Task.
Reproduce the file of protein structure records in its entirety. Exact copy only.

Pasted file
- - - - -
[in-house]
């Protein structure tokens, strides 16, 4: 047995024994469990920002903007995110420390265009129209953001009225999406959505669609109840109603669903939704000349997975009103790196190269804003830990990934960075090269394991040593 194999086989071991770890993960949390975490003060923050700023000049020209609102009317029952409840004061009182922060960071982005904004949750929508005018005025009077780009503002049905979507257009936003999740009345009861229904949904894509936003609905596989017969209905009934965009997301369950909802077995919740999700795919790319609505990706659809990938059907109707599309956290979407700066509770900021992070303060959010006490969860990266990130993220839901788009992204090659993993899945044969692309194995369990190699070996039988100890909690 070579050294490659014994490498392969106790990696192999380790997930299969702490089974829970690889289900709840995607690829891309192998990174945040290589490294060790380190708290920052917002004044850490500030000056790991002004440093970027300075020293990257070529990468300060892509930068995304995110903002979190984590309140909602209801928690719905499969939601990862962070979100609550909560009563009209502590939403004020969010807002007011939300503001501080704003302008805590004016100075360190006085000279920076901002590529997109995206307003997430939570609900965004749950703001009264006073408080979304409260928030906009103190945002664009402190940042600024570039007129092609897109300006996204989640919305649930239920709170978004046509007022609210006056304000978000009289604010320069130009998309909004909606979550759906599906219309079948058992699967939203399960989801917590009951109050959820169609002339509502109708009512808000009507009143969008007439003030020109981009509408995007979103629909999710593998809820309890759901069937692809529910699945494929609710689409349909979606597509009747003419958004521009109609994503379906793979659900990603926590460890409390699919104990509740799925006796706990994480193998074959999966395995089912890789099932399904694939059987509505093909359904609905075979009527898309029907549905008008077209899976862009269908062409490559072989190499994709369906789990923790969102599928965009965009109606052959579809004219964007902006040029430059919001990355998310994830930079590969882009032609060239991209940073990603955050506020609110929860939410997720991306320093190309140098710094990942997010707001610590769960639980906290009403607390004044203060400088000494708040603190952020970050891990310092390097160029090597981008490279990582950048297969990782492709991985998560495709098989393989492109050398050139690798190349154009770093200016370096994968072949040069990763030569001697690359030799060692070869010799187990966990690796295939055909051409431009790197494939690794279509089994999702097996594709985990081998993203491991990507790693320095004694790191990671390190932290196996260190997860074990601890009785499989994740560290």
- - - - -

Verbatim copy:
[in-house]
């Protein structure tokens, strides 16, 4: 047995024994469990920002903007995110420390265009129209953001009225999406959505669609109840109603669903939704000349997975009103790196190269804003830990990934960075090269394991040593 194999086989071991770890993960949390975490003060923050700023000049020209609102009317029952409840004061009182922060960071982005904004949750929508005018005025009077780009503002049905979507257009936003999740009345009861229904949904894509936003609905596989017969209905009934965009997301369950909802077995919740999700795919790319609505990706659809990938059907109707599309956290979407700066509770900021992070303060959010006490969860990266990130993220839901788009992204090659993993899945044969692309194995369990190699070996039988100890909690 070579050294490659014994490498392969106790990696192999380790997930299969702490089974829970690889289900709840995607690829891309192998990174945040290589490294060790380190708290920052917002004044850490500030000056790991002004440093970027300075020293990257070529990468300060892509930068995304995110903002979190984590309140909602209801928690719905499969939601990862962070979100609550909560009563009209502590939403004020969010807002007011939300503001501080704003302008805590004016100075360190006085000279920076901002590529997109995206307003997430939570609900965004749950703001009264006073408080979304409260928030906009103190945002664009402190940042600024570039007129092609897109300006996204989640919305649930239920709170978004046509007022609210006056304000978000009289604010320069130009998309909004909606979550759906599906219309079948058992699967939203399960989801917590009951109050959820169609002339509502109708009512808000009507009143969008007439003030020109981009509408995007979103629909999710593998809820309890759901069937692809529910699945494929609710689409349909979606597509009747003419958004521009109609994503379906793979659900990603926590460890409390699919104990509740799925006796706990994480193998074959999966395995089912890789099932399904694939059987509505093909359904609905075979009527898309029907549905008008077209899976862009269908062409490559072989190499994709369906789990923790969102599928965009965009109606052959579809004219964007902006040029430059919001990355998310994830930079590969882009032609060239991209940073990603955050506020609110929860939410997720991306320093190309140098710094990942997010707001610590769960639980906290009403607390004044203060400088000494708040603190952020970050891990310092390097160029090597981008490279990582950048297969990782492709991985998560495709098989393989492109050398050139690798190349154009770093200016370096994968072949040069990763030569001697690359030799060692070869010799187990966990690796295939055909051409431009790197494939690794279509089994999702097996594709985990081998993203491991990507790693320095004694790191990671390190932290196996260190997860074990601890009785499989994740560290």